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>> smart. >> this is important. we work very hard in creating the database of all the buildings in san francisco. expands the database and continue it forever. it does a lot of good. it has a lot of data. the report goes into great detail of what is included. we know a lot about our city that we didn't before. there is a lot more to learn about the buildings we didn't or don't have an inventory for and we suggest be included and also continue adding those that are coming online in the next five, ten, and 20 years. there's a bunch of detail on the maintenance of this. i will not go into that detail here, the key is, let's not lose the great work that has been done. let's continue it and move it forward. i will finish my portion of the structural aspect and turn it over to the geotechnical recommendations.
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>> thank you. >> good morning. one of the main objectives of our study was to develop a best practice for foundation design of tall buildings. we focused on best practices in san francisco bay area and in the western united states, eastern united states, and also in cities around the world his, wellington, new zealand, is a good example which has the same potential for hazards such as ground shaking, and others and has the same condition such as
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mud and other geological formation that is present in san francisco. the geotechnical practice for the design of the foundation of tall buildings widely varies from one geotechnical term to another. in order to bring consistency and uniformity to practice, we recommend -- we strongly recommend that the administration bulletin is developed focusing on foundation design of tall buildings. this is similar and in concert with existing ab 83. which deals with structural aspects of tall buildings, but what we are looking for is nab that focuses on geotechnical aspects.
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[please stand by]
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go ahead commissioners. i am from the strategy team. to evaluate recommendations. respond to recommendations. deal with the implementation plan. and the term up to 18 months. long-term over 18 months. all which requires extensive review and development for the stakeholders. thank you.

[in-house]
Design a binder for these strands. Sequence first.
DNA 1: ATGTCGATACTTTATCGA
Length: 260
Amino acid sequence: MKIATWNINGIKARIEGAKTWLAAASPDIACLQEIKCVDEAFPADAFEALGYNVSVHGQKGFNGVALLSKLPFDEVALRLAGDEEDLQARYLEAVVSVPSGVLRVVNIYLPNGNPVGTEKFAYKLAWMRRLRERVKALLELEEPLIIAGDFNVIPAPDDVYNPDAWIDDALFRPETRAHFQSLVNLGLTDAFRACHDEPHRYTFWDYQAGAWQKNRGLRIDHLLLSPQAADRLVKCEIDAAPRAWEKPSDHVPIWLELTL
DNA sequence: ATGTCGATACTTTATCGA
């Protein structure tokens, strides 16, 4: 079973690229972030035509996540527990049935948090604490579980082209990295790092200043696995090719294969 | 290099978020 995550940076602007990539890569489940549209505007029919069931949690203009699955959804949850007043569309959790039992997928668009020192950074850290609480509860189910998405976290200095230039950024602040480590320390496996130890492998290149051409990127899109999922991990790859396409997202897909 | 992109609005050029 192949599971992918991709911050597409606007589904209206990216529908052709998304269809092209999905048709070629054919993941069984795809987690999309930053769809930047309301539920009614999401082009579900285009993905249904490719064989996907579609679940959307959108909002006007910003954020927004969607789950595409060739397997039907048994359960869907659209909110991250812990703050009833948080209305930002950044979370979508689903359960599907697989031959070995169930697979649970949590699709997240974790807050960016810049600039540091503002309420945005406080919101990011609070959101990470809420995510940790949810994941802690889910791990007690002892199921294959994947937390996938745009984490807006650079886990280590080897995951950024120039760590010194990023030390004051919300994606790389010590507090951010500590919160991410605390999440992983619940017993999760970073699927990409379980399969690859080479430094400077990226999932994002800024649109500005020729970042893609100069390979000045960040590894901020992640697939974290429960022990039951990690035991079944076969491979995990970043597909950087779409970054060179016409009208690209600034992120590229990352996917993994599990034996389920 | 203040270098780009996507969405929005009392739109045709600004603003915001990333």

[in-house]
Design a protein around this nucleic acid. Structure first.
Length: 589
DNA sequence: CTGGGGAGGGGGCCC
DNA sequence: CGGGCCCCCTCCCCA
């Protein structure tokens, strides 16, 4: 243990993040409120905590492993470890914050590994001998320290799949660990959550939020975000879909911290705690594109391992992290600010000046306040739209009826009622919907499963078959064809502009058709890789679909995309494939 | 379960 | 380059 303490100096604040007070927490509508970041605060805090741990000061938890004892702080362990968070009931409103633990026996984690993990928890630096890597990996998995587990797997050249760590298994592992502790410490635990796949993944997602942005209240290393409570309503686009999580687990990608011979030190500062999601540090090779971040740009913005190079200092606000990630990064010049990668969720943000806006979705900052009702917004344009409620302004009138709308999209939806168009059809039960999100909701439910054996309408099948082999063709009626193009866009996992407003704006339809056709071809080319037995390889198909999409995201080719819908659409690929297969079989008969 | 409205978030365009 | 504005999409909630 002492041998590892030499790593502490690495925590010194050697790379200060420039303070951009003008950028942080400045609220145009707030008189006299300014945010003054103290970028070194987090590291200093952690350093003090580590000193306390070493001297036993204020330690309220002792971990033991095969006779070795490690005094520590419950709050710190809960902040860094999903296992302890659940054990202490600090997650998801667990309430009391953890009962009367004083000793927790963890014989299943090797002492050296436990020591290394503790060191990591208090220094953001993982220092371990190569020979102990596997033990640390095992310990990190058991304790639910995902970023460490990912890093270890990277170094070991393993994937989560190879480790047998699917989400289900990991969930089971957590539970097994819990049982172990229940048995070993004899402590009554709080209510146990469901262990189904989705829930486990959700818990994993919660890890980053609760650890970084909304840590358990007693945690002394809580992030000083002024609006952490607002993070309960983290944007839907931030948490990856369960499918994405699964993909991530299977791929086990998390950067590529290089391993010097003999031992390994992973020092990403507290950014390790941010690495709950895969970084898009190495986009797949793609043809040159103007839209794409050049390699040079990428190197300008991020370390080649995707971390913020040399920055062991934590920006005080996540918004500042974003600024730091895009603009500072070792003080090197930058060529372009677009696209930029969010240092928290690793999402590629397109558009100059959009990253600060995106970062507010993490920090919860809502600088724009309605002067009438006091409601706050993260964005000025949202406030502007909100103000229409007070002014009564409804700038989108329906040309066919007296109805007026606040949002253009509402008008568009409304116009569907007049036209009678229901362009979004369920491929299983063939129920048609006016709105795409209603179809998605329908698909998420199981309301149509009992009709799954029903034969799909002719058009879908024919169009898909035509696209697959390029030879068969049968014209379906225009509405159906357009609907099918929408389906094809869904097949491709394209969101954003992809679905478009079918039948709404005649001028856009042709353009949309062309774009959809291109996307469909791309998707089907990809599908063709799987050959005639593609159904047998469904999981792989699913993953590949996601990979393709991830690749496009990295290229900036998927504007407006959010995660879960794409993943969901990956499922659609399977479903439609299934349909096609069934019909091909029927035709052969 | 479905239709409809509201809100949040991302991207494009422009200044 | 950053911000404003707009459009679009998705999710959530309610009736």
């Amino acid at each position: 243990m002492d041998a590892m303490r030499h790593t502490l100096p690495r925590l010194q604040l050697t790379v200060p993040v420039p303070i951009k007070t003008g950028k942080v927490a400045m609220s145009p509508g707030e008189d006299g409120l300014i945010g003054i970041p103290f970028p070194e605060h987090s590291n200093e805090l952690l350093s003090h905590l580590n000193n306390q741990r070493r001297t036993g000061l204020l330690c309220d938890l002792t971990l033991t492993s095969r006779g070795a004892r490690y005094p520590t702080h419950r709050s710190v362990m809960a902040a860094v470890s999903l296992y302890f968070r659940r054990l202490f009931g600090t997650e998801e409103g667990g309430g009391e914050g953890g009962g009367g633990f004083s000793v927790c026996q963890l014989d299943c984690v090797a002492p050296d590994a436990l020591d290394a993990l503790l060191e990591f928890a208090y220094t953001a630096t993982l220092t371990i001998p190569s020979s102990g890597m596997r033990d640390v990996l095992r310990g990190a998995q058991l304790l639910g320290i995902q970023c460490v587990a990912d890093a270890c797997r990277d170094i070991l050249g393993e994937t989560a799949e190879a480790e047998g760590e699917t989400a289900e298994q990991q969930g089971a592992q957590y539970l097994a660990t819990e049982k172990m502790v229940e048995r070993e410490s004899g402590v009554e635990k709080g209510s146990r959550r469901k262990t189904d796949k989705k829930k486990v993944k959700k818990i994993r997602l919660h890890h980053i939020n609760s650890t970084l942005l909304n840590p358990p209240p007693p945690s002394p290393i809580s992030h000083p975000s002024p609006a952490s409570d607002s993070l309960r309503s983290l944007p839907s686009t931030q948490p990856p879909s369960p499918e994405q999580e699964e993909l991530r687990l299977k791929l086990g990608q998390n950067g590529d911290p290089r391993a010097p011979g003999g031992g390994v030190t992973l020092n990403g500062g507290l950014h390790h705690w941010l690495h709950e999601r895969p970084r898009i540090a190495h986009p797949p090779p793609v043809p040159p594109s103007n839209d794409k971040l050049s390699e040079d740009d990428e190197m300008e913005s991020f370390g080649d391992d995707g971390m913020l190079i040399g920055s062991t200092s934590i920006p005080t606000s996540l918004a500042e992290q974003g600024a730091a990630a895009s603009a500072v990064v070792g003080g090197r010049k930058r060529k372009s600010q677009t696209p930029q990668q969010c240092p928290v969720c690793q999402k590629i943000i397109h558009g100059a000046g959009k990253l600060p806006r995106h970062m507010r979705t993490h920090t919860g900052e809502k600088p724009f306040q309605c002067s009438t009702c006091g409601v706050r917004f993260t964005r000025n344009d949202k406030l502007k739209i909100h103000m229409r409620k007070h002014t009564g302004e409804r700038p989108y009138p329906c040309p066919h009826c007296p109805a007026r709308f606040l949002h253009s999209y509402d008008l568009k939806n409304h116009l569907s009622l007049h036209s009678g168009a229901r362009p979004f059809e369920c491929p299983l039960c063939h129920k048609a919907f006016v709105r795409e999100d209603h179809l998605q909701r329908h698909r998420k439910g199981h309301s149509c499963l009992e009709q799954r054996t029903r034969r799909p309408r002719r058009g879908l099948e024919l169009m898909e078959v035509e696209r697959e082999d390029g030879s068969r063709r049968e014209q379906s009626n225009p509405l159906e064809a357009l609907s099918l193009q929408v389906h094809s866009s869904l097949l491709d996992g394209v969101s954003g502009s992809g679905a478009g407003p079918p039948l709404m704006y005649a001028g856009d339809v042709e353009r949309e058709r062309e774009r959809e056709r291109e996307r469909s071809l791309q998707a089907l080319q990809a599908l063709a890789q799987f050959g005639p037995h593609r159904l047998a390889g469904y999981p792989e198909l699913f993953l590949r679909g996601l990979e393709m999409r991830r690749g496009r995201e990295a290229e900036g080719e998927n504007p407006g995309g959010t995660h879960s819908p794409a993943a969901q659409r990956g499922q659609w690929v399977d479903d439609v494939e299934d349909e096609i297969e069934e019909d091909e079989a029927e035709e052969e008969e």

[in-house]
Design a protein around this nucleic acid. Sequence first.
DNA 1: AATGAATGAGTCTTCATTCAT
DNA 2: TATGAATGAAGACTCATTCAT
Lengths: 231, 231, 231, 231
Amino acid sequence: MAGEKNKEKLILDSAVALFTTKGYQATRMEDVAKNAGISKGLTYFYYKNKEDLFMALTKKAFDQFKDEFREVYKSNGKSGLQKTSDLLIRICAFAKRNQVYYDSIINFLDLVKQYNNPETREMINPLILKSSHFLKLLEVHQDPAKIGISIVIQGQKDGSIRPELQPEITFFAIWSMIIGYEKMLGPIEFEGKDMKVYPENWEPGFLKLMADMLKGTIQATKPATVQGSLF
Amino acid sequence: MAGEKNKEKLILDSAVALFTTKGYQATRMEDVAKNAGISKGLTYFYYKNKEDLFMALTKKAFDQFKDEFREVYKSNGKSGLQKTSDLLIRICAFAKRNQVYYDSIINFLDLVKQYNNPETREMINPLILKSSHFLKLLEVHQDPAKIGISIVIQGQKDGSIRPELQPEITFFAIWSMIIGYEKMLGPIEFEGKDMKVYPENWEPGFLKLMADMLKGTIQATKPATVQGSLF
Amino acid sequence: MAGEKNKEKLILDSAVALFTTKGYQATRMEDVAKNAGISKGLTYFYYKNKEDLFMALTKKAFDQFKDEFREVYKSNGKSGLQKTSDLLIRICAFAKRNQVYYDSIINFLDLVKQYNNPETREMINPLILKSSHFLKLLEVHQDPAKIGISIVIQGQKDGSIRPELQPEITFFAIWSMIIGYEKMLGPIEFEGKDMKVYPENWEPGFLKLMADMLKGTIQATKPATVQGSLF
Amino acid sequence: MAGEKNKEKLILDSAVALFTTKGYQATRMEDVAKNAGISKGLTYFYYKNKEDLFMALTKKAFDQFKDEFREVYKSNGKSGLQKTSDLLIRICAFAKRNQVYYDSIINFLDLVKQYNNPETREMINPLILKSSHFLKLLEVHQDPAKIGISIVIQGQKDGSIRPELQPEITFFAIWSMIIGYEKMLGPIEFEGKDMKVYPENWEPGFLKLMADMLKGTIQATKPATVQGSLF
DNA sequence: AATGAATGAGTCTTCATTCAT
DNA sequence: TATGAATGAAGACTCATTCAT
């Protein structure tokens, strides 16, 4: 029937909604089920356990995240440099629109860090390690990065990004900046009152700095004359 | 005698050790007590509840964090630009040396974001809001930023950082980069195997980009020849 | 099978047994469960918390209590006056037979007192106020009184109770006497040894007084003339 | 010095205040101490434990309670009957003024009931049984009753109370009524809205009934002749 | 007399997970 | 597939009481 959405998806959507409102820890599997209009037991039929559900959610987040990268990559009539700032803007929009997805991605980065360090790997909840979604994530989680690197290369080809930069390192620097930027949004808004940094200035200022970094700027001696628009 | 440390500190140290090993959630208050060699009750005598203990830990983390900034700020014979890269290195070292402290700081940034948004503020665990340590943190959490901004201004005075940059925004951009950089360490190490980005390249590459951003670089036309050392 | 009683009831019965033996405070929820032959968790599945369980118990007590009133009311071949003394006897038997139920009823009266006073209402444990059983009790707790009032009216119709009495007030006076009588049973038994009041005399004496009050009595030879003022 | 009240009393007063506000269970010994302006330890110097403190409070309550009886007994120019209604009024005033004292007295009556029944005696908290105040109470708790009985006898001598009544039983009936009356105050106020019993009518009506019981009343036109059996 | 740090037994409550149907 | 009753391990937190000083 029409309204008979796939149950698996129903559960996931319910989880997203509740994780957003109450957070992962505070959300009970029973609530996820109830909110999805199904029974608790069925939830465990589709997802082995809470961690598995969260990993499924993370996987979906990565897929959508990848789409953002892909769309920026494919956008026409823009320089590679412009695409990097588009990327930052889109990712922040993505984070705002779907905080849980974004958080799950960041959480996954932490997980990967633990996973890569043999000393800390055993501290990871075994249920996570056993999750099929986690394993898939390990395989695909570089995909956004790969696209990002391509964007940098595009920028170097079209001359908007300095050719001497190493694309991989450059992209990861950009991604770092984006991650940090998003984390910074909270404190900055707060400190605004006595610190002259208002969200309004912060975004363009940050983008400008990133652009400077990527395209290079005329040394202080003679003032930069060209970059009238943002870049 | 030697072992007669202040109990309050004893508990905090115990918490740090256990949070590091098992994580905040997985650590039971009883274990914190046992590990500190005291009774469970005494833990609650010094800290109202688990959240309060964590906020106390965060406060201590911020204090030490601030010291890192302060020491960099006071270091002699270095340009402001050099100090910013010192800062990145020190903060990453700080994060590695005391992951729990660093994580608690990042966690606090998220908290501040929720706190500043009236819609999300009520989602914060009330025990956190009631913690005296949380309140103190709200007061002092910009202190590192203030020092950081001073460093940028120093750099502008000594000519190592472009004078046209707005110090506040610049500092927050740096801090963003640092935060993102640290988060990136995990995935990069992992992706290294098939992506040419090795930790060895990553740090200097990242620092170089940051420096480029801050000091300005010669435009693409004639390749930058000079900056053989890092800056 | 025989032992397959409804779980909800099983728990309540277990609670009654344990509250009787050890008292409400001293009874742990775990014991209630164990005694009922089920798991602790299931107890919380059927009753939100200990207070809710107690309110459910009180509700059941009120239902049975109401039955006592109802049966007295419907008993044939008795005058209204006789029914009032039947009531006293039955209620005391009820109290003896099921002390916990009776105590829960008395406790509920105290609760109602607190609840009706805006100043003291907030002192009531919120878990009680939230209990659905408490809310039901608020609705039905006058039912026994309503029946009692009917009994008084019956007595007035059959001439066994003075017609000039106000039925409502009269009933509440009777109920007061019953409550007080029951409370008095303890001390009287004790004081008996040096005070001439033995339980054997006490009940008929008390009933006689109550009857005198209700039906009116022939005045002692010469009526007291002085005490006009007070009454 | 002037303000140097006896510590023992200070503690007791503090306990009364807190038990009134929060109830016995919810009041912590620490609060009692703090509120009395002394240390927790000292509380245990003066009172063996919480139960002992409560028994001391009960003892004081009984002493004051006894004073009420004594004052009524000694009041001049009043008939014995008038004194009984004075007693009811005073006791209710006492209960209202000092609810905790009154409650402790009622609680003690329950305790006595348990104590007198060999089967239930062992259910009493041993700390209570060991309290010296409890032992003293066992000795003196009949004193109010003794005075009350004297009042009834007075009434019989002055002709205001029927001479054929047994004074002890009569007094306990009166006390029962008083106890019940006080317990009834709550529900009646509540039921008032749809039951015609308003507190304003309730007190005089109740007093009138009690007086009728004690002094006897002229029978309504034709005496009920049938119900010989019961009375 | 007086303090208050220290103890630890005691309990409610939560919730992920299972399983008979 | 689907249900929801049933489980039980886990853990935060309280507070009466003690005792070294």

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>> thank you. >> i think that is the conclusion. i did want to begin part of the packet. we do have a summary of the recommendations here. i ask if i can pass out -- or have the commission secretary pass it out. that would be great. that was what we initially put out. the recommendations in there still hold true. the time report is actually going to be online early january. we were hoping we would have it ready today. but i think, atc has been sharing this with folks in the community. we are trying to make some of the recommendations more specific where we can. and not changing them. but trying to make them more specific. the folks in -- especially in the engineer community are looking at this understand where we are going with it. that is going to be coming.
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that should be out by the beginning of the year. but we did want to make sure that you had some of the documentation that we put together for this report. we are happy to take questions. we are trying to keep it short. >> mostly public comments. thank you for the presentation. it is very user friendly. we can really understand this. i note one of the commissioners here who may know a lot about what you are talking about will have questions. >> when i was gone, there was a presentation of the report in a draft form. >> this is the first one.
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>> okay. thank you. >> i want to sprinkle a few questions. if i could ask about the 52 document. do you have guidance on how to be more surgical with your inspections, for example, does it suggest a series of analysis and the unit. the connection model is in your analysis. >> there are various levels of triggers and approaches to it. the first level is the trigger. how likely is the building sitting in the spot. there is more than one trigger. and we have information for that. there are other triggers how the
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buildings around it do. that is the first step. it is random. we have a randomization process in looking at the building. you are looking at joints, a handful, based on a process. if you find damage in those, you go further. you don't find damage in the first 5 or 10 or 11, you stop. if it is not obvious by analysis. that is what we found in la. so the developers have a process of trying to find damage. >> commissioner. >> i think the statement may